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READER LETTER: take the enlightened course of action

READER LETTER: take the enlightened course of action

Tuesday 23 November 2021

READER LETTER: take the enlightened course of action

"I write in response to the article posted yesterday, by Dr Carol Davis, Visiting Consultant in Palliative Medicine in Jersey.

As is so often the case when someone has a personal objection to an issue involving fundamental rights, a last-minute barrage is launched to win hearts and minds, using every possible scare tactic."

"In this case, after the usual parade of qualifications (designed to suggest that any opinion expressed will be superior to that of the reader), we have reference to a New Zealand survey that, by close implication, suggests that the good people of Jersey don’t really understand the basic meaning of the term ‘assisted dying’.

By simple extension, this carries with it, the further insinuation that the survey carried out locally (on behalf of End of Life Choices, Jersey), in 2019, provides a false impression of islander’s attitudes to the subject. 

Thereafter, we are treated to a series of definitions for ‘physician-administered euthanasia’ (PAE) and ‘physician-assisted suicide’ (PAS), followed by the inevitable masterstroke;  ‘’Countries where PAS and/ or PAE have been legalised have gradually relaxed their safeguards; some now include mental illness, learning disability, autism and children.

So, there it is; change the law to allow people suffering from debilitating, painful, late stage, terminal illness or severe and enduring pain, and before you can count to ten, we will be terminating the lives of those suffering from mental illness, learning disability, autism and finally (and most insidiously) children.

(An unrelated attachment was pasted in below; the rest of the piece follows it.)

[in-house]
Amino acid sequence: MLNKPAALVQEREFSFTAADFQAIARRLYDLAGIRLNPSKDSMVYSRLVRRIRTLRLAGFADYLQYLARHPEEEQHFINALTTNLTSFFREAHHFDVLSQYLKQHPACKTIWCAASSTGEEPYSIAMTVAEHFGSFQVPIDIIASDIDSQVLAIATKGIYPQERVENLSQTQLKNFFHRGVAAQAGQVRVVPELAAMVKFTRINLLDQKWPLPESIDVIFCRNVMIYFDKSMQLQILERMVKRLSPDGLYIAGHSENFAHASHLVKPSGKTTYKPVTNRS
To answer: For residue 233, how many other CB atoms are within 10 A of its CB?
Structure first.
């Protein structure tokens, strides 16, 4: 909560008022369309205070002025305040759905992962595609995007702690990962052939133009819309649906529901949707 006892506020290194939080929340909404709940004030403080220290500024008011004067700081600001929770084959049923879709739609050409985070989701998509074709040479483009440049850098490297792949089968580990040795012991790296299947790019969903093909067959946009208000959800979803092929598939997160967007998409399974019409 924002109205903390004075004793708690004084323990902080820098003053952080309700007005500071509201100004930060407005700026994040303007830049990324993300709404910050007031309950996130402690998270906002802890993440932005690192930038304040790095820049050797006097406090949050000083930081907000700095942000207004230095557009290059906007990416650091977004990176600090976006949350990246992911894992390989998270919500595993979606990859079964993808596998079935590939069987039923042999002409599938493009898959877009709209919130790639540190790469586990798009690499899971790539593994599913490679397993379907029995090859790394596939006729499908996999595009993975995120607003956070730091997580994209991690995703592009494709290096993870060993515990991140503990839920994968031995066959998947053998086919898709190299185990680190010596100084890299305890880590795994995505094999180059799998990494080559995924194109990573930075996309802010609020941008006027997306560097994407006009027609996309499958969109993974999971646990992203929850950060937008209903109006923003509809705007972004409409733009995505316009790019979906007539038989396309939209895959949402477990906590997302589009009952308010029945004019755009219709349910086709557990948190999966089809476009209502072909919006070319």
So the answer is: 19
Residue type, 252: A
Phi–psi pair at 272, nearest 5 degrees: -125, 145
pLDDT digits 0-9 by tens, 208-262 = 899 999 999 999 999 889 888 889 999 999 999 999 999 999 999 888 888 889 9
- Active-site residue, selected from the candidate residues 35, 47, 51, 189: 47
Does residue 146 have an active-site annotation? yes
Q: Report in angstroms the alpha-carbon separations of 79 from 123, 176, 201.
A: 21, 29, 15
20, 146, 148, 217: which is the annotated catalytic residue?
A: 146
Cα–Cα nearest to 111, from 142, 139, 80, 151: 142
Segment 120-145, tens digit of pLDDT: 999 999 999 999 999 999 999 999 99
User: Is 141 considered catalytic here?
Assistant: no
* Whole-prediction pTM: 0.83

Perhaps Dr Davis was unable to attend the meeting held at the Pomme d’Or last week, but had she done so, she would have heard compelling testimony from someone with extensive experience in assisted dying, director of Dignitas, Mr Silvan Luley. During his 18 years of involvement, Dignitas has assisted more than 2500 individuals to end their suffering, at a time of their choosing; and all of this without any of the horrors suggested. In addition, three dreadful, real, end of life scenarios were conveyed by the much-respected local GP, Dr Nigel Minihane, leaving most of the audience in no doubt about the merits of changing the law.

Whilst I would be at pains to defend Dr Davis’s right to hold whatever opinion she may deem appropriate on this particular subject, I would suggest that the extent of her use of hyperbole, to deny others that same right, is most unhelpful. 

Indeed, it mirrors the style of argument proffered by men, a century ago, seeking to deny women the vote. And again, in the mid-twentieth century, to warn of the dire consequences of legalising homosexuality, and later, gay marriage.

When all is said and done, this is no more than a straightforward issue of basic human rights. And the opinion of each and every individual is of equal importance. Dr Davis has no more right to determine how any individual should end their life than they do over how she does (or doesn’t) choose to end hers. Like it or not, in a mature democracy, humanity tends to progress, in spite of the tired and restrictive arguments that would seek to deny it. Whether it be now, or some-time in the not-too-distant future, acceptance of the individual’s right to choose the time and place of their own demise is inevitable. For the sake of those otherwise destined to die in agony for the sake of satisfying the dogma of others, let us hope that our government takes the enlightened course of action and votes to make it possible, without further delay."

Tom Binet,

End of Life Choices, Jersey.

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